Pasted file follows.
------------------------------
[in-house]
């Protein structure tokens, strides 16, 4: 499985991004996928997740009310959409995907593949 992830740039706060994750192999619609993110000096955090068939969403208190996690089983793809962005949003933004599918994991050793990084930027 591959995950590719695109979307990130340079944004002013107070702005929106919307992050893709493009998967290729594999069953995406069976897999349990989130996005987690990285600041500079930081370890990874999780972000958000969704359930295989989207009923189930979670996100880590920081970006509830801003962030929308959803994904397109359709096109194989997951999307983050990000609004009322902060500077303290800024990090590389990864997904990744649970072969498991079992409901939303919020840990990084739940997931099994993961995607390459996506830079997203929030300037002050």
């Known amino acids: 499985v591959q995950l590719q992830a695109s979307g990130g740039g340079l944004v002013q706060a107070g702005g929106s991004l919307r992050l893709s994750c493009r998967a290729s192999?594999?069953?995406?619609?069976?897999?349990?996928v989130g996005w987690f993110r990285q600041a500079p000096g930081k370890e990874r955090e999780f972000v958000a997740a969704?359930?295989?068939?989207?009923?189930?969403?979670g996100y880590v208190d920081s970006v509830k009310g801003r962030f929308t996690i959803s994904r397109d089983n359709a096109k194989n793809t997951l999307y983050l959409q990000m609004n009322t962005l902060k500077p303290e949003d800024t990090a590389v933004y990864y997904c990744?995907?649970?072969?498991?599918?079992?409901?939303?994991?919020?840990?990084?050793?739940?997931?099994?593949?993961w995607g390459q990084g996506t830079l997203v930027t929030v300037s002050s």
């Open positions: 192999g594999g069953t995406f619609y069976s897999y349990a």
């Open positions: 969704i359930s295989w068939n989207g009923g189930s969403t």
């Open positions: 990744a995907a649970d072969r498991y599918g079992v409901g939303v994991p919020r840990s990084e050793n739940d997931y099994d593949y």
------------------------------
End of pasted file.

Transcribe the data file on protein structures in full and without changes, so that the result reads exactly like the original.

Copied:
[in-house]
């Protein structure tokens, strides 16, 4: 499985991004996928997740009310959409995907593949 992830740039706060994750192999619609993110000096955090068939969403208190996690089983793809962005949003933004599918994991050793990084930027 591959995950590719695109979307990130340079944004002013107070702005929106919307992050893709493009998967290729594999069953995406069976897999349990989130996005987690990285600041500079930081370890990874999780972000958000969704359930295989989207009923189930979670996100880590920081970006509830801003962030929308959803994904397109359709096109194989997951999307983050990000609004009322902060500077303290800024990090590389990864997904990744649970072969498991079992409901939303919020840990990084739940997931099994993961995607390459996506830079997203929030300037002050």
């Known amino acids: 499985v591959q995950l590719q992830a695109s979307g990130g740039g340079l944004v002013q706060a107070g702005g929106s991004l919307r992050l893709s994750c493009r998967a290729s192999?594999?069953?995406?619609?069976?897999?349990?996928v989130g996005w987690f993110r990285q600041a500079p000096g930081k370890e990874r955090e999780f972000v958000a997740a969704?359930?295989?068939?989207?009923?189930?969403?979670g996100y880590v208190d920081s970006v509830k009310g801003r962030f929308t996690i959803s994904r397109d089983n359709a096109k194989n793809t997951l999307y983050l959409q990000m609004n009322t962005l902060k500077p303290e949003d800024t990090a590389v933004y990864y997904c990744?995907?649970?072969?498991?599918?079992?409901?939303?994991?919020?840990?990084?050793?739940?997931?099994?593949?993961w995607g390459q990084g996506t830079l997203v930027t929030v300037s002050s």
């Open positions: 192999g594999g069953t995406f619609y069976s897999y349990a």
């Open positions: 969704i359930s295989w068939n989207g009923g189930s969403t």
């Open positions: 990744a995907a649970d072969r498991y599918g079992v409901g939303v994991p919020r840990s990084e050793n739940d997931y099994d593949y």